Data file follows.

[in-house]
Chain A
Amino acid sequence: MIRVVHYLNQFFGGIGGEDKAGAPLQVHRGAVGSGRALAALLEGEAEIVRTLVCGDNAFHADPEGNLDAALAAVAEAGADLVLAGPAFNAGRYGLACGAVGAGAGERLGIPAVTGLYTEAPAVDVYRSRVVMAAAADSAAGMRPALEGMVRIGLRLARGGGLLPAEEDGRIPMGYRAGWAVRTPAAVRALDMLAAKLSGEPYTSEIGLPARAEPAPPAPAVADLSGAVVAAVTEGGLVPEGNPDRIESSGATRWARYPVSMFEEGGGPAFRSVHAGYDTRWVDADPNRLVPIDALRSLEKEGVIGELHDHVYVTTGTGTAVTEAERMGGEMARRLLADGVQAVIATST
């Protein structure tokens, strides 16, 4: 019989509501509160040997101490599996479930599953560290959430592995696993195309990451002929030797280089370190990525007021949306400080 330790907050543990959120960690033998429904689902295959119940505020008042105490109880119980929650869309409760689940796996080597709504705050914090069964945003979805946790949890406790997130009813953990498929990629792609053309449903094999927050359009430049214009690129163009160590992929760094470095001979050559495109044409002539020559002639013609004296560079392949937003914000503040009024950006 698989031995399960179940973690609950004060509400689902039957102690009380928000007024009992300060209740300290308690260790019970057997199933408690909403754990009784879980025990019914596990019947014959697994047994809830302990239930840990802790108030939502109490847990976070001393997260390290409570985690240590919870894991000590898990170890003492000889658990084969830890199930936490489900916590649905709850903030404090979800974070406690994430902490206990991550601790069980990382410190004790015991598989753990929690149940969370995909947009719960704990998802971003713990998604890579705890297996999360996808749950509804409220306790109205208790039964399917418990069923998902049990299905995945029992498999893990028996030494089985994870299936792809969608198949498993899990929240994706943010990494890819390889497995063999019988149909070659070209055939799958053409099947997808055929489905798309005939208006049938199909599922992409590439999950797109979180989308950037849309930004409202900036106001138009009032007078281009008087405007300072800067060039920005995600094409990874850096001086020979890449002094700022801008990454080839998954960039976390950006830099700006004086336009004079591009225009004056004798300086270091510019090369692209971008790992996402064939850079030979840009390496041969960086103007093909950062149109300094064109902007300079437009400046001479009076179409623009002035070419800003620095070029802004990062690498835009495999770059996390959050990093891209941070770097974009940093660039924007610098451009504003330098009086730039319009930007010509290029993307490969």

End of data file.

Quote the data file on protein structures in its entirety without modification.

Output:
[in-house]
Chain A
Amino acid sequence: MIRVVHYLNQFFGGIGGEDKAGAPLQVHRGAVGSGRALAALLEGEAEIVRTLVCGDNAFHADPEGNLDAALAAVAEAGADLVLAGPAFNAGRYGLACGAVGAGAGERLGIPAVTGLYTEAPAVDVYRSRVVMAAAADSAAGMRPALEGMVRIGLRLARGGGLLPAEEDGRIPMGYRAGWAVRTPAAVRALDMLAAKLSGEPYTSEIGLPARAEPAPPAPAVADLSGAVVAAVTEGGLVPEGNPDRIESSGATRWARYPVSMFEEGGGPAFRSVHAGYDTRWVDADPNRLVPIDALRSLEKEGVIGELHDHVYVTTGTGTAVTEAERMGGEMARRLLADGVQAVIATST
């Protein structure tokens, strides 16, 4: 019989509501509160040997101490599996479930599953560290959430592995696993195309990451002929030797280089370190990525007021949306400080 330790907050543990959120960690033998429904689902295959119940505020008042105490109880119980929650869309409760689940796996080597709504705050914090069964945003979805946790949890406790997130009813953990498929990629792609053309449903094999927050359009430049214009690129163009160590992929760094470095001979050559495109044409002539020559002639013609004296560079392949937003914000503040009024950006 698989031995399960179940973690609950004060509400689902039957102690009380928000007024009992300060209740300290308690260790019970057997199933408690909403754990009784879980025990019914596990019947014959697994047994809830302990239930840990802790108030939502109490847990976070001393997260390290409570985690240590919870894991000590898990170890003492000889658990084969830890199930936490489900916590649905709850903030404090979800974070406690994430902490206990991550601790069980990382410190004790015991598989753990929690149940969370995909947009719960704990998802971003713990998604890579705890297996999360996808749950509804409220306790109205208790039964399917418990069923998902049990299905995945029992498999893990028996030494089985994870299936792809969608198949498993899990929240994706943010990494890819390889497995063999019988149909070659070209055939799958053409099947997808055929489905798309005939208006049938199909599922992409590439999950797109979180989308950037849309930004409202900036106001138009009032007078281009008087405007300072800067060039920005995600094409990874850096001086020979890449002094700022801008990454080839998954960039976390950006830099700006004086336009004079591009225009004056004798300086270091510019090369692209971008790992996402064939850079030979840009390496041969960086103007093909950062149109300094064109902007300079437009400046001479009076179409623009002035070419800003620095070029802004990062690498835009495999770059996390959050990093891209941070770097974009940093660039924007610098451009504003330098009086730039319009930007010509290029993307490969």